- CHALLENGE CITIES
1. Select and research one of the Challenge themes:
2. Design and code a game about the topic
Work alone or in a team of up to 4 students
3. Submit the game to the Challenge Competition
Entry period is Feb 1 – April 16, 2021
4. Compete to win awesome prizes and national recognition
Grand Prize winners receive a $1,000 Scholarship
|Feb 1, 2021||Open for Submissions|
|April 16, 2021||Deadline to Submit Games|
|April/May 2021||Jury Evaluation Period|
|May/June 2021||Award Ceremonies (virtual/live)|
To qualify for the competition, all games must meet the below ‘game guidelines.’ Students may choose to create their game as an individual or in a small team of up to 4 students. Additional guidance is provided for students who choose to work in teams.
• Games must be playable on a web browser (digital games only!)
• Games must be created in a free or open platform (i.e. Scratch, Unity, Game Salad, etc.);
PLEASE NOTE: Games about the ‘Build a Better World’ theme must be created in Minecraft: Education Edition or Minecraft. Need a Minecraft: Education Edition account? Send us an email and we will provide students with a free account.
• Students can create games as an individual or in a team of up to 4 students
• Students may submit one game per theme category for a total of 3 games (either as an individual or in a small team)
• Each game requires an entry form (See: 2021 entry form for reference)
• All entry forms must be completed during submission period (Feb 1 – April 16, 2021)
In 2021, the G4C Student Challenge will expand nationally, giving all middle and high school students the opportunity to compete in a National Competition. In addition, city-wide competitions will take place in the four Challenge Cities (Atlanta, Detroit, Los Angeles and New York City), for which there are additional eligibility requirements.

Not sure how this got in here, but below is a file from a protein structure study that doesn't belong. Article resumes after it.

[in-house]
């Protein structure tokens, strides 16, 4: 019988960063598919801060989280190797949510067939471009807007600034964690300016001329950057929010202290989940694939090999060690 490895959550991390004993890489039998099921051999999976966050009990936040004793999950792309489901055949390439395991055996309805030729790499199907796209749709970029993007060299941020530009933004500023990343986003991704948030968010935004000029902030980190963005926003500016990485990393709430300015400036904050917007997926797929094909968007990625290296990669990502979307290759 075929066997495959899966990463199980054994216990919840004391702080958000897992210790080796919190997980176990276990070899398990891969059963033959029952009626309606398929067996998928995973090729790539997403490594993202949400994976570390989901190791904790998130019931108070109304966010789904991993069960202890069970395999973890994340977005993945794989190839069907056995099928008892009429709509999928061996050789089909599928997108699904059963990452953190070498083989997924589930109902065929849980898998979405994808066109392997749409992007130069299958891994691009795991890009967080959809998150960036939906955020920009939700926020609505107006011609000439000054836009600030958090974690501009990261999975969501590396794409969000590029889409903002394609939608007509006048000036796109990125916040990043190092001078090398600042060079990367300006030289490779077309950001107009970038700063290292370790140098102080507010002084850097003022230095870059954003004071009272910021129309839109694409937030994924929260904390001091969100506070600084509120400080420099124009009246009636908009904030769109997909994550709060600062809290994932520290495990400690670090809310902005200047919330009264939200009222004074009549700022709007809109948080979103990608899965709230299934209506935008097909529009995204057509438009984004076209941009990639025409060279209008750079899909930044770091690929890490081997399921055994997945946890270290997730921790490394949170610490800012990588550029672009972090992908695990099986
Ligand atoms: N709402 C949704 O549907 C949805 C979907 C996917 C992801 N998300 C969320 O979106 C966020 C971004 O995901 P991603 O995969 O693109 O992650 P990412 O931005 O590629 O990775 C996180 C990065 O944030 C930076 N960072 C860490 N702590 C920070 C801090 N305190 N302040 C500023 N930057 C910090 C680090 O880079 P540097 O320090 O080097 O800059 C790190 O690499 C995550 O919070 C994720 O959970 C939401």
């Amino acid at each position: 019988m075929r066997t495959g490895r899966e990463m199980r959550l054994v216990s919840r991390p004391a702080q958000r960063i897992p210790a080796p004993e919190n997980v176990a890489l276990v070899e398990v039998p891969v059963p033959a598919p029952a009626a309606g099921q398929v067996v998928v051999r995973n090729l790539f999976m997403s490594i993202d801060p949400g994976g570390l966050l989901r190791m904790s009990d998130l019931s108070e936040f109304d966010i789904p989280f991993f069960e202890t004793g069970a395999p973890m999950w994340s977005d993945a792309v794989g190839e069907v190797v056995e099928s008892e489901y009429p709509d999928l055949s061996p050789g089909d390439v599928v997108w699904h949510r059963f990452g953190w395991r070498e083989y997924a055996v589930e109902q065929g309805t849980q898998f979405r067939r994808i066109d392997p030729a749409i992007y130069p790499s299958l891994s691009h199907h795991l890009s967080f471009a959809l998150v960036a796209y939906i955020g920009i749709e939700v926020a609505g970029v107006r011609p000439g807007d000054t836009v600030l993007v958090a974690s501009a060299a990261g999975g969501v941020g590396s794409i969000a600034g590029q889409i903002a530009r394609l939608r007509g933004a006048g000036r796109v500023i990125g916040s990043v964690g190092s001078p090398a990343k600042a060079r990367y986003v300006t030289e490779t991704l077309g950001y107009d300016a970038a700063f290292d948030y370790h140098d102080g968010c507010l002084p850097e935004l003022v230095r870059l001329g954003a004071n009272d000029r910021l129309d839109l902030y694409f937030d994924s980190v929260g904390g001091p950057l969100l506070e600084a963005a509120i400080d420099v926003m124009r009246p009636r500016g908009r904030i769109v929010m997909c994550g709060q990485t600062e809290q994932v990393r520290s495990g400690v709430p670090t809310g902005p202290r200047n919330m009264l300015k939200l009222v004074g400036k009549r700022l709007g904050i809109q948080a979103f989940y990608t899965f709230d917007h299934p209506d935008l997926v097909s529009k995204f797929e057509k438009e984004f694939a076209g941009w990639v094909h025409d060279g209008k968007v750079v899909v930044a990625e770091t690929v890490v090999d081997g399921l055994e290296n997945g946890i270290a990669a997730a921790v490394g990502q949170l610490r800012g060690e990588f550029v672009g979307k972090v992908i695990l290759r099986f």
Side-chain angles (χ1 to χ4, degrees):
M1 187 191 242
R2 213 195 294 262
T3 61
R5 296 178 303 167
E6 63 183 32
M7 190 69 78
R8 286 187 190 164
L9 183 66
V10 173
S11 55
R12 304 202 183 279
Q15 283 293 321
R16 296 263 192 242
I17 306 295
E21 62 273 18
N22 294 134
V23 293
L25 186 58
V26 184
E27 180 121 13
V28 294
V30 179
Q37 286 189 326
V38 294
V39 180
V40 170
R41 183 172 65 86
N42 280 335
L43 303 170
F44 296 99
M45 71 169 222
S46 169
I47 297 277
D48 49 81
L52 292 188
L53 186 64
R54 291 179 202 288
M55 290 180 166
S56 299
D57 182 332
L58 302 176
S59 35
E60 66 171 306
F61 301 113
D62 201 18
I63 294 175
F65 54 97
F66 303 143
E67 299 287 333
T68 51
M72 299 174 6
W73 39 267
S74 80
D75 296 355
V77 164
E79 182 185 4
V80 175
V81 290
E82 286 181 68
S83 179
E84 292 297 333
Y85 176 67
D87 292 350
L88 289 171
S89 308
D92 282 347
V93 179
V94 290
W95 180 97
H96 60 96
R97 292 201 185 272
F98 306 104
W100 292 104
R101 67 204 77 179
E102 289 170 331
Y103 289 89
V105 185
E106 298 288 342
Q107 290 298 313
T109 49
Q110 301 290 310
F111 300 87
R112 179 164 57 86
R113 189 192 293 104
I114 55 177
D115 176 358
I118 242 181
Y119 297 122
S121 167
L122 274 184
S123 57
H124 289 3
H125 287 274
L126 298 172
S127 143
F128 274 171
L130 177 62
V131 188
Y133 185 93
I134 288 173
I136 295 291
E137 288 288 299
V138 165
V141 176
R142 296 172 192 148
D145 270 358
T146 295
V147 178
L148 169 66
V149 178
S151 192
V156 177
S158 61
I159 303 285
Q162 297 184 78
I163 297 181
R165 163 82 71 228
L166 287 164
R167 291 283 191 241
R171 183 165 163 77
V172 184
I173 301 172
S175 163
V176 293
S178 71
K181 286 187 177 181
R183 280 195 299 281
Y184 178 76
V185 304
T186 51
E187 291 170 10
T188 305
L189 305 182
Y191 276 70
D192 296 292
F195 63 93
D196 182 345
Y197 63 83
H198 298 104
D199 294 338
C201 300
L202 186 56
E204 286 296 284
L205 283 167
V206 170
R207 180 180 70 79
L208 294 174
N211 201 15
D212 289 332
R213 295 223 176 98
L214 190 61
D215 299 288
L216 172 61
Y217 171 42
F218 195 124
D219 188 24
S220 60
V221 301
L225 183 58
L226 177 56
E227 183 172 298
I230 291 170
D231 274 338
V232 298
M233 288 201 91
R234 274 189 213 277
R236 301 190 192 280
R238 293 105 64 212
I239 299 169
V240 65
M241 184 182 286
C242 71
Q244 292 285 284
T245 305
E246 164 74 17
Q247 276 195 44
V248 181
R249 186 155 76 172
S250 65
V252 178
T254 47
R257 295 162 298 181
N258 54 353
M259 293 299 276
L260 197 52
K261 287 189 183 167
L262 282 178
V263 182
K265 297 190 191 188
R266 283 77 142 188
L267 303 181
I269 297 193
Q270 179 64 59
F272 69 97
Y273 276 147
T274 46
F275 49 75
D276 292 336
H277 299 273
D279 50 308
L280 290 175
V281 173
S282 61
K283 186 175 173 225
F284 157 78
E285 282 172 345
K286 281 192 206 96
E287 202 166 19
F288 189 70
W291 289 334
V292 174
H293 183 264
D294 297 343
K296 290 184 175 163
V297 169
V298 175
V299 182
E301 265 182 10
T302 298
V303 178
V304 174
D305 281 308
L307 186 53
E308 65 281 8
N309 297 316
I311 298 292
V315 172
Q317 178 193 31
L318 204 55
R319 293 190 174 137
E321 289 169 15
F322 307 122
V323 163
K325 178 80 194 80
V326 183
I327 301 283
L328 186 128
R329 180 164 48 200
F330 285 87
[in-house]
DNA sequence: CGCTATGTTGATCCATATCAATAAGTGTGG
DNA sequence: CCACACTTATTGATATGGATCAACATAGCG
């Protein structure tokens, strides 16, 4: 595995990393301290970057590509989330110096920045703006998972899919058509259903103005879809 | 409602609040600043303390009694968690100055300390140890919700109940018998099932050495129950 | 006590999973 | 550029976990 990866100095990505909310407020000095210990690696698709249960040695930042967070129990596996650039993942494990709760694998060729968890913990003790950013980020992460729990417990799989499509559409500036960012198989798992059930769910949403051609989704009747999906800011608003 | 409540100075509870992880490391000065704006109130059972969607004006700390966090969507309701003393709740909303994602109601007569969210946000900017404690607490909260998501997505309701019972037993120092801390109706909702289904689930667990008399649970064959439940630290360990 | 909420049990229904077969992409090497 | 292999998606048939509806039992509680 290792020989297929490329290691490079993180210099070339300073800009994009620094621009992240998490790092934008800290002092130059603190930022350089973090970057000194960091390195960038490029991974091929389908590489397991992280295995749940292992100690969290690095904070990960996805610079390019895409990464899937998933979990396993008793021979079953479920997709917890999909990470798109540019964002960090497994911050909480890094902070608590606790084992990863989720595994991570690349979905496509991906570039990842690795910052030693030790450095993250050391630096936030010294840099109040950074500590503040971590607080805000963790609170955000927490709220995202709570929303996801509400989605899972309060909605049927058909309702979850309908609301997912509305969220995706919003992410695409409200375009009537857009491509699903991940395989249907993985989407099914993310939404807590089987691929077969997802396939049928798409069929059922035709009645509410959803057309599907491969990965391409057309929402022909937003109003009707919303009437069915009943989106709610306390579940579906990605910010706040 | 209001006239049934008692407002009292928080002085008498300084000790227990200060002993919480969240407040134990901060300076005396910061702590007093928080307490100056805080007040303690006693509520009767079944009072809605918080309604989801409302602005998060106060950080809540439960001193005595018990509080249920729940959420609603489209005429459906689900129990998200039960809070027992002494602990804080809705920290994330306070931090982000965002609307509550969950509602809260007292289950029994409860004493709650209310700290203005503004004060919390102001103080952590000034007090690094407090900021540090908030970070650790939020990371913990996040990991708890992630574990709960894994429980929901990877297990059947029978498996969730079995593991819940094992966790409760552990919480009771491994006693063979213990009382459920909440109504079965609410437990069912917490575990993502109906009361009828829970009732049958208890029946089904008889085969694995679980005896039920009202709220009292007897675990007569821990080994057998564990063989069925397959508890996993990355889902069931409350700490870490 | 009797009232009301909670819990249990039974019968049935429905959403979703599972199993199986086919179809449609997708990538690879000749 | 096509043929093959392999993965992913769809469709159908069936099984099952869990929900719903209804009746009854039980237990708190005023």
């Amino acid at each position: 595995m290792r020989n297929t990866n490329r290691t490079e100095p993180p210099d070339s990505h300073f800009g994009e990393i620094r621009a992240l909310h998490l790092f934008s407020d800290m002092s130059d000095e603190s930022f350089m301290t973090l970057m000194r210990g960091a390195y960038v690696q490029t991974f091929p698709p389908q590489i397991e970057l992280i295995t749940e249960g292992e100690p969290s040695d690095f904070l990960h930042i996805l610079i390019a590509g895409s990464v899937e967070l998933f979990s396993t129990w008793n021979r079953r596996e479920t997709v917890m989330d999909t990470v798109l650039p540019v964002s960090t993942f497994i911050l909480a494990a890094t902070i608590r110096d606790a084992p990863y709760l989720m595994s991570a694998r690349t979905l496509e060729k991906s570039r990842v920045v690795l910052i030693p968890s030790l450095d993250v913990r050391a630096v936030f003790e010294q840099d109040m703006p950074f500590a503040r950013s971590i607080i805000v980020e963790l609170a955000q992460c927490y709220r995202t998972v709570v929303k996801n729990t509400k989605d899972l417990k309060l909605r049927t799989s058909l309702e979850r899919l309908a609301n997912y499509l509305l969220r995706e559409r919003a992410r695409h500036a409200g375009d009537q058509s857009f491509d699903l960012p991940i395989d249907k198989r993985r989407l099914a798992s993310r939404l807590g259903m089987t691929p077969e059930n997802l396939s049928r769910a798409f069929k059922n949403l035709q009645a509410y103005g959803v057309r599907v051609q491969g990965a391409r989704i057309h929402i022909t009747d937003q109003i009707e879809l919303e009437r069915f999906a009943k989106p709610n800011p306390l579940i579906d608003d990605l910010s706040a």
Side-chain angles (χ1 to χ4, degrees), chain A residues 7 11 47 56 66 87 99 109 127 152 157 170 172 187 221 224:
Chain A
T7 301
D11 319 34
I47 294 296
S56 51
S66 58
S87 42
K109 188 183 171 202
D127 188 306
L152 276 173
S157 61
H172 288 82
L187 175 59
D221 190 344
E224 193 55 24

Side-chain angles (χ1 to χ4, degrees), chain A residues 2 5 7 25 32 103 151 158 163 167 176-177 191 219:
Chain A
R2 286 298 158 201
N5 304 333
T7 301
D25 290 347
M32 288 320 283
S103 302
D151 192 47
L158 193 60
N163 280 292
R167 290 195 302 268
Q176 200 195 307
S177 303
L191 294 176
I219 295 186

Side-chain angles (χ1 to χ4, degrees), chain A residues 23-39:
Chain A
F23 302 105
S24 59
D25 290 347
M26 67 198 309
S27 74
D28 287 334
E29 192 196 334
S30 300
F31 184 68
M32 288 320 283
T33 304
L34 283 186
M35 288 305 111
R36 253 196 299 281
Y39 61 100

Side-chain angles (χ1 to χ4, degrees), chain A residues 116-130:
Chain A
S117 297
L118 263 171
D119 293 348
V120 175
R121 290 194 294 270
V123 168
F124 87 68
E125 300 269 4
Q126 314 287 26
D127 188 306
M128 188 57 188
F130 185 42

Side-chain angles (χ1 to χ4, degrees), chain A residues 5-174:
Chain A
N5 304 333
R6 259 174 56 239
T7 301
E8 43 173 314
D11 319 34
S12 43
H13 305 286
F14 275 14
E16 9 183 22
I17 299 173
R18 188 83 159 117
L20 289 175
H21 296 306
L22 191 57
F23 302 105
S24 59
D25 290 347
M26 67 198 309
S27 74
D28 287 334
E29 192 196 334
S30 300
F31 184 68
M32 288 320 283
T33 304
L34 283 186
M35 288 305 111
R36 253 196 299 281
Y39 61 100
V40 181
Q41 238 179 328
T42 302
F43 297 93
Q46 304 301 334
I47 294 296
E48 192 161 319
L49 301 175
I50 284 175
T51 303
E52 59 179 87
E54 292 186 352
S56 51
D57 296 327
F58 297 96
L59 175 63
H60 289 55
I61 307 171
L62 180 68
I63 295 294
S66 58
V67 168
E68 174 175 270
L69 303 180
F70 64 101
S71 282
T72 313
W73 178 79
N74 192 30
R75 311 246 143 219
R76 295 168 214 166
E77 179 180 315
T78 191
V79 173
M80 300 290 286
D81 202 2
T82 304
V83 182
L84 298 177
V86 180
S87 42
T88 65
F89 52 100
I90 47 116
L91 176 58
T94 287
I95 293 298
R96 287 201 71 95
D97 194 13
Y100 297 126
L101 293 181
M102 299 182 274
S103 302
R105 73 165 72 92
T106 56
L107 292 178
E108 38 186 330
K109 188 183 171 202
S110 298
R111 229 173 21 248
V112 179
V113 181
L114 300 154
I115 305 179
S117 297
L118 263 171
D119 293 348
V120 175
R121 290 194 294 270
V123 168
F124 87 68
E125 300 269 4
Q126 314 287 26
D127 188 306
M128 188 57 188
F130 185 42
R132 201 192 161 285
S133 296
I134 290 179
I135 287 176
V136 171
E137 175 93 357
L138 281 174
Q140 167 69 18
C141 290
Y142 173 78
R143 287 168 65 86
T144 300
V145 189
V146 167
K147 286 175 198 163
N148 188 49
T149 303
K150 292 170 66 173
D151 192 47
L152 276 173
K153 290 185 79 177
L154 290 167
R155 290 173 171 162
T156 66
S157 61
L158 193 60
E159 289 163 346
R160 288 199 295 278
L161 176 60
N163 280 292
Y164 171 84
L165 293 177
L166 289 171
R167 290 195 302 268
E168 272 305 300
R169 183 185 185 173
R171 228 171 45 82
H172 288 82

• For the National Competition, any middle/high school student located in the US may enter the competition.
• The city-wide Challenge Cities competitions are open to public/charter middle and high school students. Home school students qualify if they report to the DOE. The four Challenge cities include:
• Atlanta (and the greater metro area)
• Detroit (and the greater metro area)
• Los Angeles
• New York City
• Students must be in grades 6th -12th; students in 5th grade may also participate in they have officially entered middle school.
• Students under the age of 18 must have the consent of a parent, teacher or guardian to submit a game; students must provide contact details (phone and email) for the adult contact in their submission form.
• Students under the age of 13 need a teacher or guardian to submit a game on their behalf.
• All applicants may be required to provide verification of enrollment, age and parental/legal guardian permission.
Working in Teams
• Students can create games as an individual or in a team of up to four students.
• Teams submit one entry form per each game.
• Teams should identify a ‘Team Leader’ who is responsible for (a) completing the entry form and (b) communicating w/ G4C on behalf of the team.
• All team members must satisfy the student eligibility requirements .
• If any student on the team is under 13 years old, the ‘Team Leader’ must be an adult.
The 2021 G4C Student Challenge will recognize winners in the four citywide competitions (Atlanta, Detroit, LA and NYC) and the National Competition across all award categories. Full details on each competitive award – including submission requirement, judging criteria and student resources – are available on the Award Categories page.
• Best Game – ‘Resilience Through Games’ – Middle School
• Best Game – ‘Resilience Through Games’ – High School
• Best Game – ‘Advocating for Animals’ – Middle School
• Best Game – ‘Advocating for Animals’ – High School
• Best Game – ‘Build a Better World’ – Middle School
• Best Game – ‘Build a Better World’ – High School
• Grand Prize Winner – Best Overall Game
PLEASE NOTE: All award categories can be accessed through a single entry form, available on the competition submission portal. The deadline for all award categories is April 1, 2021.